On the other end of this pushrod, we have the clevis. The clevis is actually screwed onto the pushrod and can be moved up or down the pushrod by rotating it. This movement allows for mechanical adjustments to be made in order to properly align the control surfaces. This particular clevis has a snap on connector, which makes removal and adjustment quite easy.

The clevis is connected to a piece called a "control horn". This horn is glued and/or screwed into each control surface. In other words, there is one directly mounted to your elevator, ailerons and rudder. The picture to the upper left shows another type of clevis connecting to the control horn. The clevis on the pushrod in the upper right picture could just as easily snap on to the control horn in the left picture. Normally, you will use the type of clevis that the manufacturer supplied with your plane. If you scratch build your own plane, the connector you use is really personal preference. Lets see if we can put all of what we learned together now.

Try to visualize this. The receiver sends commands to the servo, and the servo arm moves back and forth. That servo arm is connected to the push rod, and it stays in place thanks to the Z-bend. The pushrod extends out to where the control horn is, and is attached to the horn via a clevis. As the servo arm moves, the pushrod moves, thus causing the horn and the attached surface to move. Hopefully this isn't too confusing, it actually very simple when you see it in person.

Its worth noting that there are ways to adjust *how much* the surface will move. If you look closely at all of the previous pictures, you will see that both the servo arm and the control horn have multiple holes to connect to. On the servo arm, the hole furthest away from the servo will result in the most movement of the control surface. The innermost hole on the servo arm has the least amount of movement. On the control horn its actually the opposite of this. The hole furthest away from the base of the horn will move the control surface the LEAST. The innermost hole on the horn actually produces the most movement. I try to avoid the top most hole on the control horns for a different reason altogether - they tend to break more easily (especially on the cheap horns). I typically use the next hole down from the top of the horn.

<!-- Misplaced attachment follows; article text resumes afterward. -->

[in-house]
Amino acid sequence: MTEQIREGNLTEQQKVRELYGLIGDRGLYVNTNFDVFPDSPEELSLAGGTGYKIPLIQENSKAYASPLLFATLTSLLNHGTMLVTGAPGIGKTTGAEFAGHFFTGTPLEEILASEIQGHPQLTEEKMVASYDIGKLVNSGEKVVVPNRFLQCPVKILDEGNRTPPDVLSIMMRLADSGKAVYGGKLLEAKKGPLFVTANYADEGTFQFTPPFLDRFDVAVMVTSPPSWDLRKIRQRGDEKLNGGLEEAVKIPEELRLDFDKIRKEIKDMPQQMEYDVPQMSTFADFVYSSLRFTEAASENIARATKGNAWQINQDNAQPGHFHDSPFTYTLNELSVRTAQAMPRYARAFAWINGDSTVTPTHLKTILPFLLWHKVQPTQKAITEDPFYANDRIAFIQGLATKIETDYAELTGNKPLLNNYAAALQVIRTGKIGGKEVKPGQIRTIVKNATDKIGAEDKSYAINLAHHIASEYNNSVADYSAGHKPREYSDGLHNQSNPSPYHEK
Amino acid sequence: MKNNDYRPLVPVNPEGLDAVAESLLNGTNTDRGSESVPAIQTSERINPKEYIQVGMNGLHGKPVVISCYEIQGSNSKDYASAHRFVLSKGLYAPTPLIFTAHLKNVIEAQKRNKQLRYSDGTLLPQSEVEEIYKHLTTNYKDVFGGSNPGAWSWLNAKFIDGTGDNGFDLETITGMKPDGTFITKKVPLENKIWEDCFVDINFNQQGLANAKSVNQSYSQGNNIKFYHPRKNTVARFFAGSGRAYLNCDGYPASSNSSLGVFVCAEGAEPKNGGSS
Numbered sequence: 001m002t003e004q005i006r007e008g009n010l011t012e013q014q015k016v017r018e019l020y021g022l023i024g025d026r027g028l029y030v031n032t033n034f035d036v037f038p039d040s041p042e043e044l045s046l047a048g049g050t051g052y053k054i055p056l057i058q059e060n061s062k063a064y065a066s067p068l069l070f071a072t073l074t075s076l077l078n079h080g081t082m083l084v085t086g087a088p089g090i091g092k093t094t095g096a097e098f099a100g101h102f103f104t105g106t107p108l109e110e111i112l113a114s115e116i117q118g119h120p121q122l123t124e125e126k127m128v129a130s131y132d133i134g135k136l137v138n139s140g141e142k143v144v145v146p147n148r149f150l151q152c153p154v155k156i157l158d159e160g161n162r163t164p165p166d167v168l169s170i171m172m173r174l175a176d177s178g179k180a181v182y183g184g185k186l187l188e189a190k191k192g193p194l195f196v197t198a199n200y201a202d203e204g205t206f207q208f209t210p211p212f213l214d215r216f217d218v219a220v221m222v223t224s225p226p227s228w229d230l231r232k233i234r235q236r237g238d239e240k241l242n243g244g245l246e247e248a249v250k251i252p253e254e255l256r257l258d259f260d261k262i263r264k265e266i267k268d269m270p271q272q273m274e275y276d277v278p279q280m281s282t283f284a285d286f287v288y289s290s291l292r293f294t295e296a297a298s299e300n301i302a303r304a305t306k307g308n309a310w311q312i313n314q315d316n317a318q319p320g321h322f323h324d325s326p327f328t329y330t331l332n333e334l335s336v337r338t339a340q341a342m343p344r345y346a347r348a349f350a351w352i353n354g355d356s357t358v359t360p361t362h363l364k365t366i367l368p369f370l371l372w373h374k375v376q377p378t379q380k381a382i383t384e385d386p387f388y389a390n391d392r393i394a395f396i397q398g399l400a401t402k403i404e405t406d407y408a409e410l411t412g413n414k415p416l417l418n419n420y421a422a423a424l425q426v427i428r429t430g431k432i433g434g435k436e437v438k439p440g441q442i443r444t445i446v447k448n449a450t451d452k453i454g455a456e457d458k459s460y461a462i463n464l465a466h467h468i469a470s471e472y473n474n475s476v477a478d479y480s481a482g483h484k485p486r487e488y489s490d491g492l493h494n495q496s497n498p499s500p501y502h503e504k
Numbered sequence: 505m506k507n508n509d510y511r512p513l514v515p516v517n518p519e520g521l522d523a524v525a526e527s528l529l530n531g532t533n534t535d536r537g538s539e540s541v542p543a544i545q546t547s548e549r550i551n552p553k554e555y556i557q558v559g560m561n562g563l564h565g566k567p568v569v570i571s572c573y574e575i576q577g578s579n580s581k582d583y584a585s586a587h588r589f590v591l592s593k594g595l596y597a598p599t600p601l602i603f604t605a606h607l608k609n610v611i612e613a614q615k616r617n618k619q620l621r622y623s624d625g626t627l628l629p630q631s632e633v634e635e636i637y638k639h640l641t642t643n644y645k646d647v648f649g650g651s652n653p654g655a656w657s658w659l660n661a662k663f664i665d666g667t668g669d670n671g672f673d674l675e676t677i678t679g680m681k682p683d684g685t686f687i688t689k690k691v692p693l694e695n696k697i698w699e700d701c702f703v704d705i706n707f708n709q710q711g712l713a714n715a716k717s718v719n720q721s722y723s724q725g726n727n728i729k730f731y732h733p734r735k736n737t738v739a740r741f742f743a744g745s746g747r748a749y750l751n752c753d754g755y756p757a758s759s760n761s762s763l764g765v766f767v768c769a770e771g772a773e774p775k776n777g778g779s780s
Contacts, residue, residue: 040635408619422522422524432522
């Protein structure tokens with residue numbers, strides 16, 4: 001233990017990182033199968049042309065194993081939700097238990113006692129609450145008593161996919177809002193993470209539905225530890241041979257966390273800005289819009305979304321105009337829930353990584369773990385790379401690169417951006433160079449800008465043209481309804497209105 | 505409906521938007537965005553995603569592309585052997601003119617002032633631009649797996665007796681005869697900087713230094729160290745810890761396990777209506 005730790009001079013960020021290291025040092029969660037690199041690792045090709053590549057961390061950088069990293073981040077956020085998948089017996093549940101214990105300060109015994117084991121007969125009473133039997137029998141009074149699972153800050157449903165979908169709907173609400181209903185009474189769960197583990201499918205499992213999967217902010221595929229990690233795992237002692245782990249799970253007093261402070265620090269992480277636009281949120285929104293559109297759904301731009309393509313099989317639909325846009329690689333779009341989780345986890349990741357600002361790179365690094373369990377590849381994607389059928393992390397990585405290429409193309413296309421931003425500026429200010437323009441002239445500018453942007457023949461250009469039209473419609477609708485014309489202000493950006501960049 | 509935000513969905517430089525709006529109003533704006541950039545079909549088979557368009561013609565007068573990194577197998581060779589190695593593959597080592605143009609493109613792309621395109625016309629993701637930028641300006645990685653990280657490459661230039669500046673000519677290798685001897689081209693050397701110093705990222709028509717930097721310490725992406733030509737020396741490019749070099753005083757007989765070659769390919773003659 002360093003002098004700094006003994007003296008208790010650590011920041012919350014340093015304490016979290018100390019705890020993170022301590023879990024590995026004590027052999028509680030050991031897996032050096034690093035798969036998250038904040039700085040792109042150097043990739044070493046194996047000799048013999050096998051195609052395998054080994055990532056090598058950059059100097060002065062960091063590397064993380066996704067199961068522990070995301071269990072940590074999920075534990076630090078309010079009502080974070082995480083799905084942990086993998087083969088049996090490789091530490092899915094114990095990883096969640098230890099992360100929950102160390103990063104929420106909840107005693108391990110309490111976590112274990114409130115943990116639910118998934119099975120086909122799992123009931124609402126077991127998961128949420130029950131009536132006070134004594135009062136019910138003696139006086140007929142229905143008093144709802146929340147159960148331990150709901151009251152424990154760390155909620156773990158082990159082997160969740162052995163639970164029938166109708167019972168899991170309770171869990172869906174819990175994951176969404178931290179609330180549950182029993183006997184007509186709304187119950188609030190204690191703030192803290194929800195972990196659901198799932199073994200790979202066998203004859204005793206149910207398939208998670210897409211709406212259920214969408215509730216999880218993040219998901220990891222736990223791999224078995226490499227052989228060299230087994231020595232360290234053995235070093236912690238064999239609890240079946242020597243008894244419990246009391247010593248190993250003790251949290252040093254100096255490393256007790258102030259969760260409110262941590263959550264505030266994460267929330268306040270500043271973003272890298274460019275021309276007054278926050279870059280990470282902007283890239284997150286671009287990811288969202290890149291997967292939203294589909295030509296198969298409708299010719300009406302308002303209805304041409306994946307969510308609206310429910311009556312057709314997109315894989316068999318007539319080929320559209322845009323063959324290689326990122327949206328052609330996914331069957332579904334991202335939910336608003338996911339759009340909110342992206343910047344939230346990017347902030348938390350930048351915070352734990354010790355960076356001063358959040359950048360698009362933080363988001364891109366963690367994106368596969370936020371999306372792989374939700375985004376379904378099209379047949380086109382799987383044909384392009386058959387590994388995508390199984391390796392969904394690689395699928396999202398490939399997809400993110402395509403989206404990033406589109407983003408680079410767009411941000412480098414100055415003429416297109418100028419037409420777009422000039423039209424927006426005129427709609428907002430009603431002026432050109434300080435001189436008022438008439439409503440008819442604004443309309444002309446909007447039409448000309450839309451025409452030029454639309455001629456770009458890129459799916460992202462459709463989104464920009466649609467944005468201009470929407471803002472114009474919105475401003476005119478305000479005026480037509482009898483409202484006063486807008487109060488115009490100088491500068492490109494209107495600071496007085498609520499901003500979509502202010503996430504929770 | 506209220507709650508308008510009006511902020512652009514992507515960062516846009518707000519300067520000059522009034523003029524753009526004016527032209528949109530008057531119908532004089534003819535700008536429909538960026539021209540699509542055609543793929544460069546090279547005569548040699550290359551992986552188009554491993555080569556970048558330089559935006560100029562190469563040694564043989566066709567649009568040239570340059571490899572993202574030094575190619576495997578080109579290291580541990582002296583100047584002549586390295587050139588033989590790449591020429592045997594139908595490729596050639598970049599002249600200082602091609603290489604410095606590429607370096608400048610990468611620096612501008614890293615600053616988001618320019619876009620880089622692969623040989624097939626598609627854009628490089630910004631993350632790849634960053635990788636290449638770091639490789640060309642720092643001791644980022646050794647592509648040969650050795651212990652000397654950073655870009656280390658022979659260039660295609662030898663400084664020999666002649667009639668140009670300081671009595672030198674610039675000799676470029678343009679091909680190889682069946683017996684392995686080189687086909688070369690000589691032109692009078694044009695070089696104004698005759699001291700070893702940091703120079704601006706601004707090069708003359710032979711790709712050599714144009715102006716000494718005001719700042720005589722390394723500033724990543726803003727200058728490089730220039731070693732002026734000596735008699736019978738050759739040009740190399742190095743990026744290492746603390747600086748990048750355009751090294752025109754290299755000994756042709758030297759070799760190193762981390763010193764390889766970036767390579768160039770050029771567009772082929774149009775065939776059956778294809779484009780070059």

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Supplemental Videos From the Web

How Servo and Horn Position Effects Movement

This is a very important lesson that is hard to show without visualiation. This video illustrates how the different positions (different holes) on the servo and control horn will change the amount of "throw" you get from your surfaces. Please keep in mind that its not necessarily better to have them move more. The maximum settings can make your plane extremely reactive, to the point that you won't be able to control it. For beginners, its probably best to keep the range of motion closer to the minimum.

Clevis and Control Horn Connection

The video in question is about making the connection more secure, but its the only video I could find with close up of the actual connection between the control rod clevis and the control horn. If you are having trouble understanding how the pieces come together, this may be useful.